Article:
catalysts that trap 90 percent of diesel particulates, enough to eliminate all

    smoke. When the filter feels its full upafter about every 700 kmit heats

    itself enough to oxidize the trapped particles into carbon dioxide and water.

    Mercedes-Benz SL500Braking by wire

    The SL500s by-wire braking system, the first in a mass-produced car, equips the driver with a more sensitive, com-puter-assisted response to crises. The usual hydraulicallycontrolled brakes are no longer prime; the brake pedal you push is

    like a mouse click to a computer. This, in turn, controls the hydraulic

    pressure applied individually to the discs on each wheels brakes,

    according to algorithms that account for g forces, wheel speed,

    steering angle, and engine output, as well as the drivers responses.

    If, for example, the drivers foot suddenly shifts from the accelera-

    tor to the brake pedal, the system goes straight into crisis mode.

    To address the worry about software bugs and electrical snafus,

    first voiced when by-wire controls appeared in aircraft many

    years ago, Mercedes also includes a hydraulic backup system

    for the front wheels, forgoing any savings in weight or cum-

    bersome connections that the system might have provided. The

    braking system links seamlessly to a stability control system and

    an active suspension system, which helps keep all parts of the car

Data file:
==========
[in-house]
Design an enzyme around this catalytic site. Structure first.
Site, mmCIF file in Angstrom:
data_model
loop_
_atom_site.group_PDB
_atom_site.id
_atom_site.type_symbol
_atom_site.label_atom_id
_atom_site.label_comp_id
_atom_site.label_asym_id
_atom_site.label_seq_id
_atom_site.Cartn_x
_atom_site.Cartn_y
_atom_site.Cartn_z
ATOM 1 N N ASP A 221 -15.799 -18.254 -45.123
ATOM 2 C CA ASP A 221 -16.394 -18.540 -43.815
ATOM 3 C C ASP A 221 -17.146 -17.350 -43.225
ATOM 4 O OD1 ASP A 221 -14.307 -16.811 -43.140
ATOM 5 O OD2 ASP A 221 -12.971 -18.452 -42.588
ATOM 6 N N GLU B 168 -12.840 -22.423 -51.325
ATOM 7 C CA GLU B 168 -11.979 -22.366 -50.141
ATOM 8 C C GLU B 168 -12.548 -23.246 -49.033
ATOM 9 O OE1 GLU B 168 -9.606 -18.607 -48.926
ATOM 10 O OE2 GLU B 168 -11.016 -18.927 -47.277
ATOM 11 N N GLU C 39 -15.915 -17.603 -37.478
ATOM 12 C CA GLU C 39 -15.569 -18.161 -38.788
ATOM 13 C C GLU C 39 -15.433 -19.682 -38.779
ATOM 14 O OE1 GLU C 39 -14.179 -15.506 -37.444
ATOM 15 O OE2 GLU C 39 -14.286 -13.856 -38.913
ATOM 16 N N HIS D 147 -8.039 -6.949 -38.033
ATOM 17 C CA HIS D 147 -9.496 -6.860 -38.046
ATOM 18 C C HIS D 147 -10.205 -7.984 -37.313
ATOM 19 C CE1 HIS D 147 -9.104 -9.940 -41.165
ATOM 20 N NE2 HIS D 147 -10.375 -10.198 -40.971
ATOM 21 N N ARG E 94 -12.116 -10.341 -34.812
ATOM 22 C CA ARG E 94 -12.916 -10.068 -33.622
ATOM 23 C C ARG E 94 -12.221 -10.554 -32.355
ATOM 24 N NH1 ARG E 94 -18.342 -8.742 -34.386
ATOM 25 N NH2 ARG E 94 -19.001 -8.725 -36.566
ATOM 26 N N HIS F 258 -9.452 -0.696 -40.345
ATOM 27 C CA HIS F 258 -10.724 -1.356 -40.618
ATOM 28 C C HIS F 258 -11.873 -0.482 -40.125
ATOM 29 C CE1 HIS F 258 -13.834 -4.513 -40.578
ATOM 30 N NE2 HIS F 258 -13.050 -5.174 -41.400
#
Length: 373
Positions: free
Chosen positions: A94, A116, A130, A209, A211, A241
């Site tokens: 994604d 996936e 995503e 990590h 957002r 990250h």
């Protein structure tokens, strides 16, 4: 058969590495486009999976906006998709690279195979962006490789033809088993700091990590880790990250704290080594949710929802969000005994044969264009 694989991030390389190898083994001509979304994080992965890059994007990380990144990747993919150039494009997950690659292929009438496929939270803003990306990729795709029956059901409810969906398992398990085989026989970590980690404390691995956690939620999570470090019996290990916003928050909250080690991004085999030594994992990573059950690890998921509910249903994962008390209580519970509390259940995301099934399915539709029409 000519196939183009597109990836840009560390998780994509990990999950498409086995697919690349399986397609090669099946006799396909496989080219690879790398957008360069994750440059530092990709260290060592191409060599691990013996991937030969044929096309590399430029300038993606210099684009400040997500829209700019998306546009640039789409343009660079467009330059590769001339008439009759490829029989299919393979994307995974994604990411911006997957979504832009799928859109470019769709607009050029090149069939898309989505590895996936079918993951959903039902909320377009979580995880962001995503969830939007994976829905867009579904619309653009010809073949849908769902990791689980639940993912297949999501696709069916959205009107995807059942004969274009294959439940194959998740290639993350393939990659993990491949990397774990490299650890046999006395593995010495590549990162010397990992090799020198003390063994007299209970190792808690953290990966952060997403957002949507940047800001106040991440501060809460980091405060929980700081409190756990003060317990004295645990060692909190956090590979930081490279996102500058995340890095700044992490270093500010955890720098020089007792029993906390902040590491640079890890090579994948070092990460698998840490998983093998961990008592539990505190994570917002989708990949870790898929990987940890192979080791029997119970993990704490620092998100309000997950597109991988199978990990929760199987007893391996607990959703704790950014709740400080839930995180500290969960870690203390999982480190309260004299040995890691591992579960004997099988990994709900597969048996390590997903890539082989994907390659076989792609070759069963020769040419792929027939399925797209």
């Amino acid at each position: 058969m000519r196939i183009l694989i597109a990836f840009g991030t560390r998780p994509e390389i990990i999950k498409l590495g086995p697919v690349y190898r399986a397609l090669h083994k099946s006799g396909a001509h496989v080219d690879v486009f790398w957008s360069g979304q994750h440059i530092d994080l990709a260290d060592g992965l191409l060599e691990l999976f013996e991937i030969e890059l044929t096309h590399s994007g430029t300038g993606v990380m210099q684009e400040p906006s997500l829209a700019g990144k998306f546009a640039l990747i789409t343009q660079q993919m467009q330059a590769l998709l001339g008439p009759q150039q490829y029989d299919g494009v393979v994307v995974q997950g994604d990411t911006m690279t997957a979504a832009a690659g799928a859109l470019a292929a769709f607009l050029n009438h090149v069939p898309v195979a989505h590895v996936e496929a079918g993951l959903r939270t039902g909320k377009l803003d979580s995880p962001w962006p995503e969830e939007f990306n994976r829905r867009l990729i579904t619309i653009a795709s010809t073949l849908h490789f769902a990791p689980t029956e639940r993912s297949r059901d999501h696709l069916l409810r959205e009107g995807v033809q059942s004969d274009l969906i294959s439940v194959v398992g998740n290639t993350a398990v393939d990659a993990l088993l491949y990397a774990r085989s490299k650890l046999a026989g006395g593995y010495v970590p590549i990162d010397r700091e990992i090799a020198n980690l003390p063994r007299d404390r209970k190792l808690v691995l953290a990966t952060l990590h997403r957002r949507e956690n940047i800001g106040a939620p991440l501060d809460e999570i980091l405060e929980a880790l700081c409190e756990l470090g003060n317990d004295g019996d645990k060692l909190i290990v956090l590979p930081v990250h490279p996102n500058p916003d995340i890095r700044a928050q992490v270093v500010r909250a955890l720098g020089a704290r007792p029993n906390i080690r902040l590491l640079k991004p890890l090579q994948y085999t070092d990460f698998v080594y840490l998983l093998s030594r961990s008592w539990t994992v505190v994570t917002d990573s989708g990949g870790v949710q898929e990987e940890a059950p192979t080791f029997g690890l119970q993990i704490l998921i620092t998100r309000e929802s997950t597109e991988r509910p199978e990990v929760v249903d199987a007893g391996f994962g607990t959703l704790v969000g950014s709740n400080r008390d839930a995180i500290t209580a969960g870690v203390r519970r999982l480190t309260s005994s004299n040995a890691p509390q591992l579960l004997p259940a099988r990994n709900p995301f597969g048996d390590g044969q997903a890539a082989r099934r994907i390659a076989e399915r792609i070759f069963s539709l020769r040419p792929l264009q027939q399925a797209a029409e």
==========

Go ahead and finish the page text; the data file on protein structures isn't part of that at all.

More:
on the ground when taking a corner. That ride-smoothing savvy

    comes with a powerful 5-L V8, which is to be followed in about a year

    by a juiced-up model equipped with a 5.5-L, turbocharged version of

    the engine. Mercedes says the new engine in its US $98 000 auto-

    mobile will be half again as powerful, at around 450 hp (335 kW).

    The brake-by-wire system in the SL 500 relies on electronic signals relayed from the

    brake pedal to the actuator to the electrohydraulic brakes at each wheel.

    Fiats 1.2-L four-cylinder diesel engine [right] cuts the smoke by

    ensuring smooth and more complete burning of the fuel.

    Fiat StiloA smokeless diesel


    Electrohydraulic brakes



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    Chevrolet Trailblazer

    Anew engine technology that switches halfthe cylinders on or off, depending on load,will debut later this year in the 2004models in a range of General Motors large and

    medium-sized SUVs. The SUVs will use the pow-

    erful Vortec V8 engine, and although GM hasnt

    named just which models will get it first, the

    Chevrolet Trailblazer is a logical choice. GM

    recently loaded it up with more pulling power

    than ever before, and it would be nice not to

    waste all that muscle when idling at a red light.

    GMs displacement on demand technol-

    ogy uses a solenoid to switch a valve that shuts

    off half the cylinders. The process is managed

    by computer, unbeknownst to the driver, so as to

    keep the engine near its optimal load and its

    subsidiary systems coordinatedthe throttle,

    transmission, and emissions controls, for in-

    stance. The company claims a fuel savings of

    825 percent, depending on driving conditions.

    Need power on a hill? Then use

    all eight cylinders. But if the load

    is light on a straightaway,

    GMs displacement on demand

    engine saves fuel by firing only

    four cylinders instead of eight.

    Toyota Prius Five years after its introduction inJapan, Toyotas five-passenger Priusremains the most family-friendlyhybrid on the market. Capturing the hearts

    of drivers as diverse as vehicular engineer-

    ing consultant Victor Wouk and Hollywood

    bombshell Cameron Diaz, it squeezes more

    growl from the liter than the rest, while cut-

    ting emissionsthis fall it won a tax deduc-

    tion for clean operation, the first such con-

    cession in the United States. The...